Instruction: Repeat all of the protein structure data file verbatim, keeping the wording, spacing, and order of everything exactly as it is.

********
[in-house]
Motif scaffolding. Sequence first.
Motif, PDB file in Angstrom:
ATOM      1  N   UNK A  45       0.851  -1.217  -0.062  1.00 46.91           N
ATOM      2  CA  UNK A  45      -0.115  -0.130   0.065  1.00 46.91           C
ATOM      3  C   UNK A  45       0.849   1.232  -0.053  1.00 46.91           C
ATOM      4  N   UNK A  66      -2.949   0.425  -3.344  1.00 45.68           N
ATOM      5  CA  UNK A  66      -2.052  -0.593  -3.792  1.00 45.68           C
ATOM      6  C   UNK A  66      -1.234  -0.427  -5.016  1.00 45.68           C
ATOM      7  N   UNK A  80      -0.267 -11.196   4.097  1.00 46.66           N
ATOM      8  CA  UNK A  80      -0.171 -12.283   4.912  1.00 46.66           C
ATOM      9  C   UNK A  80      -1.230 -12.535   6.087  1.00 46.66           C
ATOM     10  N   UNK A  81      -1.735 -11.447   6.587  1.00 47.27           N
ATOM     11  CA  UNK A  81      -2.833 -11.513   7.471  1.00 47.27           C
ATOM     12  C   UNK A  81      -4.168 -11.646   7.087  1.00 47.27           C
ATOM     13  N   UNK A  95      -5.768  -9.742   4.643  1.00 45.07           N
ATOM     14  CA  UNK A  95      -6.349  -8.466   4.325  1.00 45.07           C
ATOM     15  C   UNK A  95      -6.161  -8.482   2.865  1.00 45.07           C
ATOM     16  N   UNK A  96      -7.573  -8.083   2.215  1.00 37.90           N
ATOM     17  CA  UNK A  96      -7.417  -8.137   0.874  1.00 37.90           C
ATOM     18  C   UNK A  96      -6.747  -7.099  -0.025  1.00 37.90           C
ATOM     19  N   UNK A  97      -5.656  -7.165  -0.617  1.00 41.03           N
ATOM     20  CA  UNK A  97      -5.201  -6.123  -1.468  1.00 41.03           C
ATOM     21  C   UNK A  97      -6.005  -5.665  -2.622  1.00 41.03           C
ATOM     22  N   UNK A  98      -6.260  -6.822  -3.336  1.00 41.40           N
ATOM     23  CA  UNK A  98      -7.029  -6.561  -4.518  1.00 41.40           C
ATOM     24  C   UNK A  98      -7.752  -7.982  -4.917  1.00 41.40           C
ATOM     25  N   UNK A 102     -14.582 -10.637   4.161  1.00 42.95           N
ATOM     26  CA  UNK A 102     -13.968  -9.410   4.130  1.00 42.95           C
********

[in-house]
Motif scaffolding. Sequence first.
Motif, PDB file in Angstrom:
ATOM      1  N   UNK A  45       0.851  -1.217  -0.062  1.00 46.91           N
ATOM      2  CA  UNK A  45      -0.115  -0.130   0.065  1.00 46.91           C
ATOM      3  C   UNK A  45       0.849   1.232  -0.053  1.00 46.91           C
ATOM      4  N   UNK A  66      -2.949   0.425  -3.344  1.00 45.68           N
ATOM      5  CA  UNK A  66      -2.052  -0.593  -3.792  1.00 45.68           C
ATOM      6  C   UNK A  66      -1.234  -0.427  -5.016  1.00 45.68           C
ATOM      7  N   UNK A  80      -0.267 -11.196   4.097  1.00 46.66           N
ATOM      8  CA  UNK A  80      -0.171 -12.283   4.912  1.00 46.66           C
ATOM      9  C   UNK A  80      -1.230 -12.535   6.087  1.00 46.66           C
ATOM     10  N   UNK A  81      -1.735 -11.447   6.587  1.00 47.27           N
ATOM     11  CA  UNK A  81      -2.833 -11.513   7.471  1.00 47.27           C
ATOM     12  C   UNK A  81      -4.168 -11.646   7.087  1.00 47.27           C
ATOM     13  N   UNK A  95      -5.768  -9.742   4.643  1.00 45.07           N
ATOM     14  CA  UNK A  95      -6.349  -8.466   4.325  1.00 45.07           C
ATOM     15  C   UNK A  95      -6.161  -8.482   2.865  1.00 45.07           C
ATOM     16  N   UNK A  96      -7.573  -8.083   2.215  1.00 37.90           N
ATOM     17  CA  UNK A  96      -7.417  -8.137   0.874  1.00 37.90           C
ATOM     18  C   UNK A  96      -6.747  -7.099  -0.025  1.00 37.90           C
ATOM     19  N   UNK A  97      -5.656  -7.165  -0.617  1.00 41.03           N
ATOM     20  CA  UNK A  97      -5.201  -6.123  -1.468  1.00 41.03           C
ATOM     21  C   UNK A  97      -6.005  -5.665  -2.622  1.00 41.03           C
ATOM     22  N   UNK A  98      -6.260  -6.822  -3.336  1.00 41.40           N
ATOM     23  CA  UNK A  98      -7.029  -6.561  -4.518  1.00 41.40           C
ATOM     24  C   UNK A  98      -7.752  -7.982  -4.917  1.00 41.40           C
ATOM     25  N   UNK A 102     -14.582 -10.637   4.161  1.00 42.95           N
ATOM     26  CA  UNK A 102     -13.968  -9.410   4.130  1.00 42.95           C